Born and raised in New York City, Jeannie Motherwell inherited a love of painting from her father, Robert Motherwell, and stepmother, Helen Frankenthaler, two pillars of midcentury abstraction. She studied painting at Bard College and the Art Students League in New York. Continuing with her art after college, she became active in arts education at the Bruce Museum in Greenwich, CT. Later, relocating to Cambridge, MA, she worked at Boston University for the graduate program in Arts Administration 2002 – 2015. She served on the Cambridge Arts Council Public Art Commission from 2004 – 2007 and is currently on the Provincetown Arts Magazine Board of Directors, an Honorary Art Advisor Member for Rochester Museum of Fine Arts (NH), and is on the Advisory Board for Joy Street Artists Open Studios in Somerville, MA. Her work has been featured in public and private collections throughout the US and abroad. Jeannie’s studio is in Somerville, MA. She is represented by The Schoolhouse Gallery in Provincetown, MA. and by M Fine Arts Galerie in Boston, MA and Palm Beach, FL
Having vacationed on Cape Cod Bay since childhood, my work is influenced by the constantly changing landscape that surrounds me, and — when not within hearing distance of the waves lapping or crashing onshore — by the images of celestial phenomena as seen from the Hubble telescope in outer space. I am amazed by the images and mysteries of the oceans and skies in changing weather, Hubble-type images of the universe, and my own physicality during the painting process. It has inspired my paintings, which have an intimacy to the space in them but also an immensity.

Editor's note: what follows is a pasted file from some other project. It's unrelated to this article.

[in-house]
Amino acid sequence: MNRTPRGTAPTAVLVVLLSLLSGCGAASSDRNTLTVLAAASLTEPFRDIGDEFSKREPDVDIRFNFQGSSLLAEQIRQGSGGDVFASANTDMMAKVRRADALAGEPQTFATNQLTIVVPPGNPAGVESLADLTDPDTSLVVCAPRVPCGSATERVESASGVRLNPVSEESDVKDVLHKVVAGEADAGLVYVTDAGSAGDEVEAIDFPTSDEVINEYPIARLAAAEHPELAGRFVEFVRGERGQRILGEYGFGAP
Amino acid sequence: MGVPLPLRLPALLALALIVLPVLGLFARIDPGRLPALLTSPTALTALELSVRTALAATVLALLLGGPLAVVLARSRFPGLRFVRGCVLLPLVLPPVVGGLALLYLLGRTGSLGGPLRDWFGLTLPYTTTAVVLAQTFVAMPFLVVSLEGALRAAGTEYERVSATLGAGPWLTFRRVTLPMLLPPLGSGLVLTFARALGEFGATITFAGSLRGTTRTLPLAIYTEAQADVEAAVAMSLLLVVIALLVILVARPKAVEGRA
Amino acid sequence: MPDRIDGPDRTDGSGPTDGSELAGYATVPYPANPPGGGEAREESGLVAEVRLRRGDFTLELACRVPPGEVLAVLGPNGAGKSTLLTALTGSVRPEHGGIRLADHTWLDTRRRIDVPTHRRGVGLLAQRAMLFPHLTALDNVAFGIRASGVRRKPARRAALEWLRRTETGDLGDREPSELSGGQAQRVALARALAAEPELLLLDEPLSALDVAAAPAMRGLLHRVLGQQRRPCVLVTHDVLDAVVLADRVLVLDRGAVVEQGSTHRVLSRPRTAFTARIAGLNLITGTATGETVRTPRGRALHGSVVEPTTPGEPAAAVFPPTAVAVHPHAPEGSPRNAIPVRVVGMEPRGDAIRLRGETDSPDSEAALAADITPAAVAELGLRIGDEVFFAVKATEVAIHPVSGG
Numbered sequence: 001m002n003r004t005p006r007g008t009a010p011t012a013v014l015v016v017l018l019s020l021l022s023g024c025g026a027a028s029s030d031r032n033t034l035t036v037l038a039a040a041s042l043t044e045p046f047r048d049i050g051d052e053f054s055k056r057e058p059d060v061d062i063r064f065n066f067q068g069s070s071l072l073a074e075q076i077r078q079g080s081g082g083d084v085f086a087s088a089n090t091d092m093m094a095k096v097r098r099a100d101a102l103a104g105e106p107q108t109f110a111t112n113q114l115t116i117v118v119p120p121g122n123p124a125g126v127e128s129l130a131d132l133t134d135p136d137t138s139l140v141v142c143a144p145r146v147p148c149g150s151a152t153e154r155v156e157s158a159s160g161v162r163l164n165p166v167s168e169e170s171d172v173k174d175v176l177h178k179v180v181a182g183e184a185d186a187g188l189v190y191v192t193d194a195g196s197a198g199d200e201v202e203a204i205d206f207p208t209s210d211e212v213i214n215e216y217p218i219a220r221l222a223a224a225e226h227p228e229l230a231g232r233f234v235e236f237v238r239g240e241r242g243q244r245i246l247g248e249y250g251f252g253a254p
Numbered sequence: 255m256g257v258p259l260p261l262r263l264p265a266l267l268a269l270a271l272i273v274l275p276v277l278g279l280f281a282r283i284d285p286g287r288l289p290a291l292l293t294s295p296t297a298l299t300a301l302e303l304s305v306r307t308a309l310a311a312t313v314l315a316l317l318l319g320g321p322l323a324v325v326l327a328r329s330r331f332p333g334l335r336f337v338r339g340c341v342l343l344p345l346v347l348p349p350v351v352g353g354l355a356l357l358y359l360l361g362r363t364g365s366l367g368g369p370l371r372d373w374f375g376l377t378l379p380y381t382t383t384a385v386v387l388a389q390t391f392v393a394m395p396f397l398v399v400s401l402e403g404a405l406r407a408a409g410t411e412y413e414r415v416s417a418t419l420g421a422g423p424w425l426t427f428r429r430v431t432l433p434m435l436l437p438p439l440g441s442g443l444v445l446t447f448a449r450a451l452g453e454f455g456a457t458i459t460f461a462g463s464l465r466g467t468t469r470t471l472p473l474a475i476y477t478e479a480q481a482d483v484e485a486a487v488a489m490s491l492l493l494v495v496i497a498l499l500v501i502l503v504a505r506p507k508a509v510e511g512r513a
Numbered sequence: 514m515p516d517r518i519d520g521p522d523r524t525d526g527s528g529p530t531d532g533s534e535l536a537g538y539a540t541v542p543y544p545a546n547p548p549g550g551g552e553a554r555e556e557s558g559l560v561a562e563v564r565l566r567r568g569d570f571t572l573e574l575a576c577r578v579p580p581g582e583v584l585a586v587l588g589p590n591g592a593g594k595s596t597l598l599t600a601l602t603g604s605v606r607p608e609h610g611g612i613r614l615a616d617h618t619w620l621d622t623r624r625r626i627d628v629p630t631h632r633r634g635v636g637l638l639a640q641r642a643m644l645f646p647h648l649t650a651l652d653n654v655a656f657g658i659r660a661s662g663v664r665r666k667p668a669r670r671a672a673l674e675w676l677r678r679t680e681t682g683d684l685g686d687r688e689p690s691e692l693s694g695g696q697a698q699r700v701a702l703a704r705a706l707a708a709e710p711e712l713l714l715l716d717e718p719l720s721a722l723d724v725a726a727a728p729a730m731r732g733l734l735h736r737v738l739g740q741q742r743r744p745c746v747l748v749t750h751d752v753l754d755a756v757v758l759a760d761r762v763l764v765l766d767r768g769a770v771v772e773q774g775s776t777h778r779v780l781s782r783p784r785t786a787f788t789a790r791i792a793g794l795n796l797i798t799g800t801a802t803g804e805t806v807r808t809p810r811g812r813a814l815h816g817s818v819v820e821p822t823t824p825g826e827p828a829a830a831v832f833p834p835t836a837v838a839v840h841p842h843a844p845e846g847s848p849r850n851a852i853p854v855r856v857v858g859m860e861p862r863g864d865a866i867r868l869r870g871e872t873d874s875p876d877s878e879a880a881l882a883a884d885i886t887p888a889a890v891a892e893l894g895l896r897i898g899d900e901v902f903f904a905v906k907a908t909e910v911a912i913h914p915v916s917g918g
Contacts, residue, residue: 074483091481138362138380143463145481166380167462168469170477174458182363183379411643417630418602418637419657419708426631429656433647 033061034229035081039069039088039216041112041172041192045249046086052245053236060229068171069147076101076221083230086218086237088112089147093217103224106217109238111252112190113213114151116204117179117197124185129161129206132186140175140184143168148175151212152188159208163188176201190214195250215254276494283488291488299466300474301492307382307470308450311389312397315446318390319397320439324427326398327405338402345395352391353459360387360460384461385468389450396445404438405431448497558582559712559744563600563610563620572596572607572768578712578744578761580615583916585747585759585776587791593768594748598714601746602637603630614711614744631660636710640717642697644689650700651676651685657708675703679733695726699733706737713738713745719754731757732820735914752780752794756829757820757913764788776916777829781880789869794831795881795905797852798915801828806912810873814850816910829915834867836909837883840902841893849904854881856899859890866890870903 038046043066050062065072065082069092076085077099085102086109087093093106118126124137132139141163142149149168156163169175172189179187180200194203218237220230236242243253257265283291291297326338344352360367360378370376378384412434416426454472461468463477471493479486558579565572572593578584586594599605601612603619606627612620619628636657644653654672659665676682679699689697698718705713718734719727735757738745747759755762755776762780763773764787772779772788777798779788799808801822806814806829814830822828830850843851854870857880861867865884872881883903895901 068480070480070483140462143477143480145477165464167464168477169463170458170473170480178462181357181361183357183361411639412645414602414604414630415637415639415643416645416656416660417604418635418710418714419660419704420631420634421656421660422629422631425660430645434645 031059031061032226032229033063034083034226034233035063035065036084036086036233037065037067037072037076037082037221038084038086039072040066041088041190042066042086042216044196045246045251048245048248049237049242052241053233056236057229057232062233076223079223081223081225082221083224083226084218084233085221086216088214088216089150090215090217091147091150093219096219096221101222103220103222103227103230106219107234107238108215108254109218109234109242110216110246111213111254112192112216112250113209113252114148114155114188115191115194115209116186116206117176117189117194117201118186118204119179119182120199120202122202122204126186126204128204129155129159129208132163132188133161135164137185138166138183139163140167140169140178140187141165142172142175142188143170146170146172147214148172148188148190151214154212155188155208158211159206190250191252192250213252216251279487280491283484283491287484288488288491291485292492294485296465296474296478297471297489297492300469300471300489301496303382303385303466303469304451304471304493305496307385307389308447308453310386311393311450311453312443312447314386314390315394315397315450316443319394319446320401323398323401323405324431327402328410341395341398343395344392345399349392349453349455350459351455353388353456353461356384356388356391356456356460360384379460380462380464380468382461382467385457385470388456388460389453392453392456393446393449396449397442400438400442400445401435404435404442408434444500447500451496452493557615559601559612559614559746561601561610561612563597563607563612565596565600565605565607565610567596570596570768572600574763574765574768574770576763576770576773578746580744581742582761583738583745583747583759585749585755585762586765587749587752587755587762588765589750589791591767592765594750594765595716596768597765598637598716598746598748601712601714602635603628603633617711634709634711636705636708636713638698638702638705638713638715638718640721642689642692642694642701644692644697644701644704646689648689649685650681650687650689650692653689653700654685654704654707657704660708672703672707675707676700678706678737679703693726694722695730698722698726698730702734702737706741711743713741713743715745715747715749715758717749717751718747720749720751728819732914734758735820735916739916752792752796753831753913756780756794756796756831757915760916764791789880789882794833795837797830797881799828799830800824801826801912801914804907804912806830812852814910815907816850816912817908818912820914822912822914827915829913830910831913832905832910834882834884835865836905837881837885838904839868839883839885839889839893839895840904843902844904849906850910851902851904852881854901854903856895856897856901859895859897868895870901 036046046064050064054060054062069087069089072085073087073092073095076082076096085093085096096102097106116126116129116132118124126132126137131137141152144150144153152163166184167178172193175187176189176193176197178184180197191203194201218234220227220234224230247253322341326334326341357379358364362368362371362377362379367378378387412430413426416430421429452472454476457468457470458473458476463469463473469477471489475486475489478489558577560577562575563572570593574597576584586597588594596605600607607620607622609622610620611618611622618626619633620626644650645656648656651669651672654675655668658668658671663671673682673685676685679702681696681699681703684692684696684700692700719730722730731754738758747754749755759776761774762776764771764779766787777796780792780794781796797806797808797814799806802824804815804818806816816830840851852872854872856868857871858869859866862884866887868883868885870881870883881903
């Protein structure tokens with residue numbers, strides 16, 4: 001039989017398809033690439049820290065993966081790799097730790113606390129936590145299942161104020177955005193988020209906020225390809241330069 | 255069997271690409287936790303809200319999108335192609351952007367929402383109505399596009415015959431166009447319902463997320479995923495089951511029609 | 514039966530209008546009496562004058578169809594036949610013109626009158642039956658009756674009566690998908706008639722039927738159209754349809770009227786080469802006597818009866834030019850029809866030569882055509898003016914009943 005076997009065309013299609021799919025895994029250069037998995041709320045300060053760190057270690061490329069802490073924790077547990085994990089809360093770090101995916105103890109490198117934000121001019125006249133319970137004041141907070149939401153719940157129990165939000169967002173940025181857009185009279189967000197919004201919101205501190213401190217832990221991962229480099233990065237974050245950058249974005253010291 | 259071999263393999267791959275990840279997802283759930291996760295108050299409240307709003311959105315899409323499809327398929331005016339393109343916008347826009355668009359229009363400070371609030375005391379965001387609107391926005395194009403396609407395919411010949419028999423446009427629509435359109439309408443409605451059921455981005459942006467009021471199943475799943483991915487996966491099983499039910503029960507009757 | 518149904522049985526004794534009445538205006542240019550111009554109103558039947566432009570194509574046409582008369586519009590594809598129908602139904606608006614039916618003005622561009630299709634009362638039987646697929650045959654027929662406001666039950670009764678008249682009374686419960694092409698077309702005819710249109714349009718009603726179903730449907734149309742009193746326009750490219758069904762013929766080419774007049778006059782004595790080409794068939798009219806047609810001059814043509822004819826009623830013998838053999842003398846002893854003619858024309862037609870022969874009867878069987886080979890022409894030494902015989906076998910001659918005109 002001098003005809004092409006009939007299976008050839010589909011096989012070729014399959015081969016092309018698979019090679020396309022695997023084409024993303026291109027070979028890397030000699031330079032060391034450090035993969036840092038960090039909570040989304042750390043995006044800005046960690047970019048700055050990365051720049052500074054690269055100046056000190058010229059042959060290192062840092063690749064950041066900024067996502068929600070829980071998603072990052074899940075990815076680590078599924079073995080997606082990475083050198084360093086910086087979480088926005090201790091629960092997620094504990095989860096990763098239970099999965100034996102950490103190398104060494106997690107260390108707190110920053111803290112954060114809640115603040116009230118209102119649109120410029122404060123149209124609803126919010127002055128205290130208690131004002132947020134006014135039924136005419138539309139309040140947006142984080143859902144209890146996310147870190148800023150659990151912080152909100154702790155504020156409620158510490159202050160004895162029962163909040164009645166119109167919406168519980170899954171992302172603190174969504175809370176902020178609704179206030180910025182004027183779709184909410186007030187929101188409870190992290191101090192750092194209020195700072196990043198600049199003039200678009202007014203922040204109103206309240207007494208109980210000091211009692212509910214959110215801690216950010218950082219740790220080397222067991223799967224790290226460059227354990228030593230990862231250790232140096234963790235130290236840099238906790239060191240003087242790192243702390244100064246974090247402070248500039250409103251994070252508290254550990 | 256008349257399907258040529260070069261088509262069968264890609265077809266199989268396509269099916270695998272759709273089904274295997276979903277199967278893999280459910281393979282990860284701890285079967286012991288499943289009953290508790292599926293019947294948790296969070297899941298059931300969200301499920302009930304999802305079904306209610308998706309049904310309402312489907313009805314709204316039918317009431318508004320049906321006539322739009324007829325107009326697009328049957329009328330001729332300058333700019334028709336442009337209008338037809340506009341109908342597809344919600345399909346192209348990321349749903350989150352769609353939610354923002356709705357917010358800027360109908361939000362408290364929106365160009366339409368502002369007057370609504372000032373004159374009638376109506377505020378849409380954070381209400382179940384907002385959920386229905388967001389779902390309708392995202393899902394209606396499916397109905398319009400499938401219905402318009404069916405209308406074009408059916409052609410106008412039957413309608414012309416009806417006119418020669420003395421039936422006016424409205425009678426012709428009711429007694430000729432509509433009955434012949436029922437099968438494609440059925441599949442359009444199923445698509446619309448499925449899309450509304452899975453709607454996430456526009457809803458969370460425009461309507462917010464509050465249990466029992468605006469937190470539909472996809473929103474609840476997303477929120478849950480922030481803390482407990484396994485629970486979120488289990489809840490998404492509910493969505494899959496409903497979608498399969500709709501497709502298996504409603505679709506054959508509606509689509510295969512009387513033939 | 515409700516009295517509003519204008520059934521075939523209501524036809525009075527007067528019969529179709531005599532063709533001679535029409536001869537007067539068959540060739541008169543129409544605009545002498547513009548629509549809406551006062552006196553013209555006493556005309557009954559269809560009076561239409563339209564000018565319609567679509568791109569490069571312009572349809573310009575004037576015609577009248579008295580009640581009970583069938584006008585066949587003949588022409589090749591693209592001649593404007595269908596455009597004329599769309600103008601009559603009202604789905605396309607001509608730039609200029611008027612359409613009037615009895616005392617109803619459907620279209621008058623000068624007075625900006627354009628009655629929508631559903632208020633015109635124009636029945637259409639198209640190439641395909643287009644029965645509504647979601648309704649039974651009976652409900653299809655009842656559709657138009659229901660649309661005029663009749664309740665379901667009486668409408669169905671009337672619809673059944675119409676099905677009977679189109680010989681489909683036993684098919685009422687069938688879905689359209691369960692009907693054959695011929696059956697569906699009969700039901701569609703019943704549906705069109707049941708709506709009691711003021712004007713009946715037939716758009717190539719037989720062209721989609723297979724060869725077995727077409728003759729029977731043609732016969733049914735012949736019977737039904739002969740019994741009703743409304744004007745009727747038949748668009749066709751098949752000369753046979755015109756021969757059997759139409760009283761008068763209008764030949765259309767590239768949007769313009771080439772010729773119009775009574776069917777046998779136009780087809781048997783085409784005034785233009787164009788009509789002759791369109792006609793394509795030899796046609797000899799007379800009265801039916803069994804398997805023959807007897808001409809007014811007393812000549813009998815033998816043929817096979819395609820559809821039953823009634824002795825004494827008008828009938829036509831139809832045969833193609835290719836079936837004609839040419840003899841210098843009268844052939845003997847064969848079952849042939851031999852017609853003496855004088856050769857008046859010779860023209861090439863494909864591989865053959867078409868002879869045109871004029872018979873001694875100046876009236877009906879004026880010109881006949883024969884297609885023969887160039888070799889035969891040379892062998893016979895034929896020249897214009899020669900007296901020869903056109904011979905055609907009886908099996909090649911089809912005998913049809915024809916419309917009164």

The pouring process I use and the mere physicality of it helps me explore spatial complexities that yield marvelous surprises, taking me in directions I cannot anticipate. There are things that happen in my paintings that I cannot explain as I contemplate layer upon layer with intermittent editing and erasing. I may try to control the paintings while working, but I am really searching for answers to make the unexpected work for me. It is about exploring the unknown and then refining it to reflect a visceral memory or experience. I like to think of my paintings as ‘events’ or ‘occurrences’ — that is, actions that emerge in the here and now.